Research Article

Blowing magnetic skyrmion bubbles

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Science  17 Jul 2015:
Vol. 349, Issue 6245, pp. 283-286
DOI: 10.1126/science.aaa1442
  • Fig. 1 Schematic of the transformation of stripe domains into magnetic skyrmion bubbles.

    (A) Infinitesimal section of a chiral DW in a ferromagnet (F)/heavy metal (HM) bilayer illustrating the relation between local magnetization vectors and the SOT-induced chiral DW motion of velocity Vdw in a device with a homogeneous electron current flow je along the +x axis. Blue corresponds to upward orientation of magnetization, whereas orange represents the downward orientation of magnetization. The bottom panel illustrates the magnetization directions inside of the Néel wall. (B) Top view of a trilayer device. The blue region is a stripe-shaped domain. Light blue arrows show the in-plane magnetization direction of the DW [as shown in the bottom panel of (A)] and indicate that the domain has left-handed chirality. The red arrows correspond to the current distribution. (C) Introducing a geometrical constriction into the device gives rise to an inhomogeneous current distribution, which generates a flow along the y axis (jy) around the narrow neck. This current distribution is spatially divergent to the right and convergent to the left of the constriction. The y component of the current distribution is highlighted in (D). This introduces an effective spin Hall force Embedded Image along the y axis that (E) locally expands the stripe domain on the right side. (F) Once the expansion approaches a critical point, the resultant restoring forces (Fres) associated with the surface tension of the DWs are no longer able to maintain the shape, and the stripe domains break into circular bubble domains, resulting in the formation of synthetic Néel skyrmions.

  • Fig. 2 Experimental generation of magnetic skyrmions.

    (A) Sparse irregular domain structures are observed at both sides of the device at a perpendicular magnetic field of Embedded Image mT. (B) Upon passing a current of je = +5 × 105 A/cm2 through the device, the left side of the device develops predominantly elongated stripe domains, whereas the right side converts into dense skyrmion bubbles. (C and D) By reversing the current direction to je = –5 × 105 A/cm2, the dynamically created skyrmions are forming at the left side of the device. (E and F) Changing the polarity of the external magnetic field reverses the internal and external magnetization of these skyrmions. (G) Phase diagram for skyrmion formation. The shaded area indicates field-current combinations that result in the persistent generation of skyrmions after each current pulse.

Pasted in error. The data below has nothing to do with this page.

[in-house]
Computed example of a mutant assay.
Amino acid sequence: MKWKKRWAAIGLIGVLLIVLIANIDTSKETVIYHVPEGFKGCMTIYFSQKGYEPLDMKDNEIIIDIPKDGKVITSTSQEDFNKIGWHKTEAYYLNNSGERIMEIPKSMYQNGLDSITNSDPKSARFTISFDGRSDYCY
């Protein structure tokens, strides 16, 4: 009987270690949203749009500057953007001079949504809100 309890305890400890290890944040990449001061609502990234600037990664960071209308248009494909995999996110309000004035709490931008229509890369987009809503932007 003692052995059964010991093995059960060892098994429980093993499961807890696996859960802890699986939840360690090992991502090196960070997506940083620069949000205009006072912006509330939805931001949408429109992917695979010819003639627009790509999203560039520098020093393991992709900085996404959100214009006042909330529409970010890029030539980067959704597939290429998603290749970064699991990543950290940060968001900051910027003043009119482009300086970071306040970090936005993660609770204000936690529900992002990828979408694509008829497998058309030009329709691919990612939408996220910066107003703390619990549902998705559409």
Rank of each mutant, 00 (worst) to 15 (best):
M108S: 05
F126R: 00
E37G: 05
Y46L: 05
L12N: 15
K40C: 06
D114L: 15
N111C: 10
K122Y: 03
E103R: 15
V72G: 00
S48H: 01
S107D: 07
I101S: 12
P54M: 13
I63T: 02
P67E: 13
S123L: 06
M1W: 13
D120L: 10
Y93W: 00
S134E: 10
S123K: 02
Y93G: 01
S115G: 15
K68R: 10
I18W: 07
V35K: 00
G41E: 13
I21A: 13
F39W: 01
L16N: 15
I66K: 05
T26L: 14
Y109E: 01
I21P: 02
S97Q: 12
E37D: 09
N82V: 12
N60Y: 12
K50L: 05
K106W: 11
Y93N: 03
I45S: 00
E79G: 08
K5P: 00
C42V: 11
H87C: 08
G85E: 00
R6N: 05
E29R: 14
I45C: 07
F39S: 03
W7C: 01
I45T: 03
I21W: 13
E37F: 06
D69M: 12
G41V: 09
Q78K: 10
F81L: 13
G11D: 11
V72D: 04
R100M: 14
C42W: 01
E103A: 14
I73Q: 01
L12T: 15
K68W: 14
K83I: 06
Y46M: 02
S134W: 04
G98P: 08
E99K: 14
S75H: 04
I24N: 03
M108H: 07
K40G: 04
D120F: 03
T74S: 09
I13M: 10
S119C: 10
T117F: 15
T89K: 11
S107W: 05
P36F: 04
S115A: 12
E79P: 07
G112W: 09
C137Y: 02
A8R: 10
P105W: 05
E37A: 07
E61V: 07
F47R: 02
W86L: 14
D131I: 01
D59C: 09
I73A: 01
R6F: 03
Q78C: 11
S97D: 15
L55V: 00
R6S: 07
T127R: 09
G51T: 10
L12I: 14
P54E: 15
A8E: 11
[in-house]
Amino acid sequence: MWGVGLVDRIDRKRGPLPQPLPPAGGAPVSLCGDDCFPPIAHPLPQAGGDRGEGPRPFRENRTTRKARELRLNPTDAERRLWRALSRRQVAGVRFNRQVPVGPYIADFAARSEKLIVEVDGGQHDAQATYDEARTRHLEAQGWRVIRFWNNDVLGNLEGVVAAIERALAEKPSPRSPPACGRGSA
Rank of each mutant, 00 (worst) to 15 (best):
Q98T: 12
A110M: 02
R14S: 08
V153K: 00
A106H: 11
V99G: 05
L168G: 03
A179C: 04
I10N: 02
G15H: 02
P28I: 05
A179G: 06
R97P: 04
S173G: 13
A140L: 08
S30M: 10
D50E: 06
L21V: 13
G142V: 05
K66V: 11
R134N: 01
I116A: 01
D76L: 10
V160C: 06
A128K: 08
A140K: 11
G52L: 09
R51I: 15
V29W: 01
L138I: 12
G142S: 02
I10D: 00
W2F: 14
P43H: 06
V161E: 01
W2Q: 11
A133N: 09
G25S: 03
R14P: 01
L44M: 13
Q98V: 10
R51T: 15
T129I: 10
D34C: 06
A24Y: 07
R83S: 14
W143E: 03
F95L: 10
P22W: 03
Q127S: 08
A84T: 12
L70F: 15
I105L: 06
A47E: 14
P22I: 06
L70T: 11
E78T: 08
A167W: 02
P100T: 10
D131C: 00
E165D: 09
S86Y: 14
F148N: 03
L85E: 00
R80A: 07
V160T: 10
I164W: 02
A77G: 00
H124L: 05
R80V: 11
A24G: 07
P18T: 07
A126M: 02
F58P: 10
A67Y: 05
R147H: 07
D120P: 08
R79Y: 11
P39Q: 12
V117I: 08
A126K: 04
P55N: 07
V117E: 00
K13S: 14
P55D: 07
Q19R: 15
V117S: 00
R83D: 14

• Fig. 3 Capturing the transformational dynamics from stripe domains to skyrmions and motion of skyrmions.

    (A to D) At a constant current density je = +6.4 × 104 A/cm2 and Embedded Image mT, the disordered stripe domains are forced to pass through the constriction and are eventually converted into skyrmions at the right side of the device. Red circles highlight the resultant newly formed skyrmions. (E) Illustration of the effective spin Hall field acting on these dynamically created skyrmions; the direction of motion follows the electron current. (F to I) Efficient motion of these skyrmions for a current density je = +3 × 104 A/cm2. (F) First, a 1-s-long single pulse je = +5 × 105 A/cm2 initializes the skyrmion state. (G to I) Subsequently, smaller currents (below the threshold current to avoid generating additional skyrmions through the constriction) are used to probe the current-velocity relation. These skyrmions are migrating stochastically and moving out of the field of view. See supplementary MOKE movies S1, S2, and S4 for the corresponding temporal dynamics. (J) The current-velocity dependence of skyrmions is acquired by studying ≈20 skyrmions via averaging their velocities by dividing the total displacement with the total time period.

  • Fig. 4 Absence of motion for the in-plane magnetic fields stabilized S = 0 magnetic bubbles.

    (A to E) (A) In-plane magnetic field–induced bubbles are created by first saturating at in-plane field Embedded Image mT and subsequently decreasing to Embedded Image mT. Depending on the direction of the current, these magnetic bubbles either shrink or expand. (A to E) Shrinking bubbles are observed upon increasing the current density from je = +5 × 104 to +2.5 × 105 A/cm2 in steps of 5 × 104 A/cm2. (F to J) Expansion of bubbles is revealed for currents from je = –0.5 × 105 to –2.5 × 105 A/cm2 in steps of 5 × 104 A/cm2. (K) These results are linked to the different spin textures (namely, S = 0 skyrmion bubbles) that were stabilized along the DW by the in-plane magnetic fields, which lead to different orientations of the effective spin Hall fields and different directions of DW motion, as illustrated.